Lloyd Blankfein just confirmed what we already suspected: The worst financial crisis since the Great Depression was good for Goldman Sachs.
The Goldman CEO didn't mean to suggest that the notorious investment bank squeezed profits from the pain of the unemployed or anything. The Great Recession gave the investment bank an opportunity to focus on rebuilding its reputation, Blankfein told Bloomberg TV Thursday.
“We focused a lot of ourselves on trying to benefit from the crisis that happened,” Blankfein said. “We became associated with practices -- and it’s not at this point relevant whether it was overstated or not -- the point is, we were going to use that opportunity to make ourselves a better firm.”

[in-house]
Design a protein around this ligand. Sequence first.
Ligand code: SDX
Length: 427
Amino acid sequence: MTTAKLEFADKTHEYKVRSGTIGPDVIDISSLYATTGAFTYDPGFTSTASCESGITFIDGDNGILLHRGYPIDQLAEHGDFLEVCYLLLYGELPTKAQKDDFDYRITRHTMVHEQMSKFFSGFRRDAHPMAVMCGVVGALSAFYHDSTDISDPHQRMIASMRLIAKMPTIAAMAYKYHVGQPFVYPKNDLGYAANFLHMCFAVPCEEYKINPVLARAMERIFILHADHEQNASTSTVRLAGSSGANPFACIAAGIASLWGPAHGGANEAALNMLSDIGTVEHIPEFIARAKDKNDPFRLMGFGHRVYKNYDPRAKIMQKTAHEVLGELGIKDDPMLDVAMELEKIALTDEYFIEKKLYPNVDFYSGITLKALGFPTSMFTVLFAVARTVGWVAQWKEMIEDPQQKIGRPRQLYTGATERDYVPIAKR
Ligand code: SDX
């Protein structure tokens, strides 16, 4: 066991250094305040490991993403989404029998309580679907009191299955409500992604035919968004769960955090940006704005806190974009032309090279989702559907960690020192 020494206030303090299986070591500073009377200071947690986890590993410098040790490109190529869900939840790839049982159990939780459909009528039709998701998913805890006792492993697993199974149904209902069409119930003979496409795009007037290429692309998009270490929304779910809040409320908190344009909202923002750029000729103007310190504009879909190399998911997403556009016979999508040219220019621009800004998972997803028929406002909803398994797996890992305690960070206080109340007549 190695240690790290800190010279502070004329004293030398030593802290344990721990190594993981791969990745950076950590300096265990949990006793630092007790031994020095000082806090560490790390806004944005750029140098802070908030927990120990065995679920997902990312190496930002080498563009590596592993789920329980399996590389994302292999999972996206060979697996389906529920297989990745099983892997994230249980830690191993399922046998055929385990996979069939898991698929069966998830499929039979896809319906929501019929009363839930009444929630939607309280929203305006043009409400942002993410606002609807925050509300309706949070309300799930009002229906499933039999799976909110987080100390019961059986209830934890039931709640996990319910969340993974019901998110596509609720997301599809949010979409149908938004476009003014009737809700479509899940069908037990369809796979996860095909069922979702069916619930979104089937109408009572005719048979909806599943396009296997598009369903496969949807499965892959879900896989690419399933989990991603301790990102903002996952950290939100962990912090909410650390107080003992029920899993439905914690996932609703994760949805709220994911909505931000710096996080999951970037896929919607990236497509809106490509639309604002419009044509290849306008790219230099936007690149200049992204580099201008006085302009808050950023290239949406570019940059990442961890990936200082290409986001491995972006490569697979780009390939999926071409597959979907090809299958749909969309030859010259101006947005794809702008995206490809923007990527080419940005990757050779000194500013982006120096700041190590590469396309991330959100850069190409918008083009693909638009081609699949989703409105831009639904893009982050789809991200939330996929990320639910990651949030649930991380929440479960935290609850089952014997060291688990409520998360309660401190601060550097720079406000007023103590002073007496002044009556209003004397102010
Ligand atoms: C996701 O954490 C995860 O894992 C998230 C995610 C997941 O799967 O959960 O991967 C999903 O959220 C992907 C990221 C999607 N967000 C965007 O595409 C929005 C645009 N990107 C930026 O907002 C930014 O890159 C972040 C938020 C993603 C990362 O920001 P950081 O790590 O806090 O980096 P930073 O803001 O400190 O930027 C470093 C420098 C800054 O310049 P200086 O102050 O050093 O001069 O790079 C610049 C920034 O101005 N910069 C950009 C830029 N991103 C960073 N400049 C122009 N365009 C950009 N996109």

It’s a good thing, because Goldman wasn’t behaving so well in the lead up to the financial crisis, according to critics. The bank’s actions -- including allegedly pushing a “shitty deal” and defrauding investors -- resulted in Goldman getting infamously dubbed “the Vampire Squid.”
In fact, Goldman’s reputation fell so far during the crisis that the bank is now tying promotions and bonuses to employees’ efforts to protect the bank’s good standing and win clients’ trust, according to Bloomberg.
That’s one way to take advantage of a bad situation.